In this paper, we resolve the issue and demonstrate that the experimental observations can also be described by taking into account the non-linearity of the capacitance which is typical for ferroelectric materials. It is theoretically and experimentally demonstrated that this straightforward concept provides a good description of the physical reality without having to invoke the concept of negative capacitance.

Motivation for Non-Linear Capacitance Concept

The behavior of a general capacitor structure can be described by its absolute capacitance, given by C = Q/V, and the differential capacitance, given by Cdif = dQ/dV. In non-linear capacitors, a negative differential capacitance can occur. To explain the importance of non-linear effects we first briefly discuss the microscopic polarization of FE materials and explore the limits of the generally accepted Landau theory.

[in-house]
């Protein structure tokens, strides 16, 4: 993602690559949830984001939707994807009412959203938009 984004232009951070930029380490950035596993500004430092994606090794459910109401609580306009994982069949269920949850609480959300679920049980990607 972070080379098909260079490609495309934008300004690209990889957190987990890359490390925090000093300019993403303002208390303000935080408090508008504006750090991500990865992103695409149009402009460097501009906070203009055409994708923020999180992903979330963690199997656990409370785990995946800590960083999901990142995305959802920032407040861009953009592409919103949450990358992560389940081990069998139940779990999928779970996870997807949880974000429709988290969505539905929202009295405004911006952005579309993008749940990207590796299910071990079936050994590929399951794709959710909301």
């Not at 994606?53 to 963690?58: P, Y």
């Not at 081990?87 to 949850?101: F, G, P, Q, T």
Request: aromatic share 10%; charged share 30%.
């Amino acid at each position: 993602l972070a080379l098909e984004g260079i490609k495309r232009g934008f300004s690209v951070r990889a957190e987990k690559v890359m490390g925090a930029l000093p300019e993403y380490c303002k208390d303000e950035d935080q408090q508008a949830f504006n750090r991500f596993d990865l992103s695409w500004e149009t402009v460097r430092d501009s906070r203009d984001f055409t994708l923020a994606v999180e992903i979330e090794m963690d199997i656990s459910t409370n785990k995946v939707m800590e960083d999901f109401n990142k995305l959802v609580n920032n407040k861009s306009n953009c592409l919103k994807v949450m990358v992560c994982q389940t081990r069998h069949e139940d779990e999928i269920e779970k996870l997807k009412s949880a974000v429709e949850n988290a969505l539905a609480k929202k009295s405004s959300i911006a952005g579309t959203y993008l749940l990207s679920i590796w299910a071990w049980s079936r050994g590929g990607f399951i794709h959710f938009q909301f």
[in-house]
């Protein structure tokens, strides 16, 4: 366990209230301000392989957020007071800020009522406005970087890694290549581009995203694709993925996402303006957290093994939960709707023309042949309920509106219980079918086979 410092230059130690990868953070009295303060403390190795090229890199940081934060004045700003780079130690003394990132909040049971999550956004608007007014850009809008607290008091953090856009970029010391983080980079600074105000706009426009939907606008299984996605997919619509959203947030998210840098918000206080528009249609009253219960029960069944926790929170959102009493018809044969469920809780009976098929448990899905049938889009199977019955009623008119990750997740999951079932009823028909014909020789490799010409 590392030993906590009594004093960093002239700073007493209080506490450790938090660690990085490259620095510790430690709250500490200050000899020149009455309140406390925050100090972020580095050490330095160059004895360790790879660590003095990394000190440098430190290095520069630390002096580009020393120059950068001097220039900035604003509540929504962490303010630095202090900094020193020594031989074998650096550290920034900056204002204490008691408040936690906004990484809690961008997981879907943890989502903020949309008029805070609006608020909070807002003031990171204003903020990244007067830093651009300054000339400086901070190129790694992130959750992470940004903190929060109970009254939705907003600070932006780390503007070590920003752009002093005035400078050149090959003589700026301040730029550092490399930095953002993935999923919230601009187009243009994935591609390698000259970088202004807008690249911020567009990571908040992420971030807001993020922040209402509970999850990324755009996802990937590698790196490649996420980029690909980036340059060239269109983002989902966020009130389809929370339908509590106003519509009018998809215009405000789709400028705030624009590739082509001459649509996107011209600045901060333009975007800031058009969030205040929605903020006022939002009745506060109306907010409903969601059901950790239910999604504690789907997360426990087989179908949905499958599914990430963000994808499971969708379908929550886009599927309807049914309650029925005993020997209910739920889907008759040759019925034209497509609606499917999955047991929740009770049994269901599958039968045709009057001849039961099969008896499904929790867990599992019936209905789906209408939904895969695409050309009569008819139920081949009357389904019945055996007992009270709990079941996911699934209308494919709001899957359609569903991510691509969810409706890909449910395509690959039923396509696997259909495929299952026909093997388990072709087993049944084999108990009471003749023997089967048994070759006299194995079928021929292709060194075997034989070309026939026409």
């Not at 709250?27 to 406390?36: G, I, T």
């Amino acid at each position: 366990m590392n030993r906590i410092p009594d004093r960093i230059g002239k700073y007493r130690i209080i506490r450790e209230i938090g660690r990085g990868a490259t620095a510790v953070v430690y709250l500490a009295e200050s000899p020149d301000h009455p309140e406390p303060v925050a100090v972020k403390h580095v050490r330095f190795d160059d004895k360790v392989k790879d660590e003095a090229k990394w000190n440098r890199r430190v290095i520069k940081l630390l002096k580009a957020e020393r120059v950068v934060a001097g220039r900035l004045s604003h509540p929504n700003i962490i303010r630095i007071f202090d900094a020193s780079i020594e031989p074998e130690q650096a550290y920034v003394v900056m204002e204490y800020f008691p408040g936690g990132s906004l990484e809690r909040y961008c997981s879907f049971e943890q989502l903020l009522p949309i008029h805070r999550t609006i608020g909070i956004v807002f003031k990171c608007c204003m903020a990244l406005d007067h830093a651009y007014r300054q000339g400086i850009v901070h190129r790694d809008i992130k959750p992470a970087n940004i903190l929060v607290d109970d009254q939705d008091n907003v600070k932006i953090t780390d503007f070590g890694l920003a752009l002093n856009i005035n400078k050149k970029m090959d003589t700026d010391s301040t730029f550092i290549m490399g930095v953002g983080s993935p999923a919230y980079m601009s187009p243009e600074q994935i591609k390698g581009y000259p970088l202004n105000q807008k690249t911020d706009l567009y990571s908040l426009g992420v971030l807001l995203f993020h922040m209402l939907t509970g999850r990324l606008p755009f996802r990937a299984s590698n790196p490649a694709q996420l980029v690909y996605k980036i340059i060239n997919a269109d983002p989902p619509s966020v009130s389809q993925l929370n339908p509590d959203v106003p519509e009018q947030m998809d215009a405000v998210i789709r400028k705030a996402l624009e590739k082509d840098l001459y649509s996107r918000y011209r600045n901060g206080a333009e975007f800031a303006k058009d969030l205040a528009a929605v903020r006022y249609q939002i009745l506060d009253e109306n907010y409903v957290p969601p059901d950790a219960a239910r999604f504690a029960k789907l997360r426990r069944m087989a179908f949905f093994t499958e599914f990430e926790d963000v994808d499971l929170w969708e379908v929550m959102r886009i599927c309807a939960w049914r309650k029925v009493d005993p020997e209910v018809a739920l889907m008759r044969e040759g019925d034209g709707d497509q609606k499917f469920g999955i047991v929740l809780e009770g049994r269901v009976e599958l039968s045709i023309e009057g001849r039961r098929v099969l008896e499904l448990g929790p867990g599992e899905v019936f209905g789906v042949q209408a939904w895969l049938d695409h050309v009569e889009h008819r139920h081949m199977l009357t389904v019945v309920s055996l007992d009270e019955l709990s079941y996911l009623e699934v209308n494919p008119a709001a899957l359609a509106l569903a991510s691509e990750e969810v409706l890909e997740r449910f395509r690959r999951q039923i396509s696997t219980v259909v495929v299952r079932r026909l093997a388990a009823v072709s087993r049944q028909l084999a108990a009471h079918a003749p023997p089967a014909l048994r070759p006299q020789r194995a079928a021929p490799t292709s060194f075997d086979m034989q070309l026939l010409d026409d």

Each unit cell of such a material is polarized with a dipole moment Pdp = P0 and experiences a local electric field Elocal that comes from the sum of the electric field created by the surrounding dipoles, given by Edipole = ηPdp/ε0, and the externally applied electric field E. Here η is a lattice dependent parameter, Pdp is the dipole moment of each individual dipole and ε0 is the vacuum permittivity. For example, in a cubic crystal \(\eta =1/(3{a}^{3})\) where a3 is the volume of the unit cell14. Assuming an infinite series of dipoles oriented in the same direction Pdp increases further from P0 in response to Elocal. This in turn increases Edipole. This positive feedback would infinitely increase Pdp. Feynman already noted14 that the mathematical consequence of such a ‘catastrophic’ event would imply that the dielectric permittivity of the material ε(= ε0εr) with ε0 the vacuum permittivity and εr the relative permittivity) would become negative. However, a singularity occurs before going into this negative ε regime. The general theory is only valid in the regime before this point is reached and in reality non-linear effects take over in FE materials before this singularity is reached. The positive feedback mechanism before reaching this singularity thus causes a self-sustained polarization state in the FE14. The Landau theory15 describes this self-sustained polarization from the thermodynamic perspective, by considering the free energy of the FE material given by: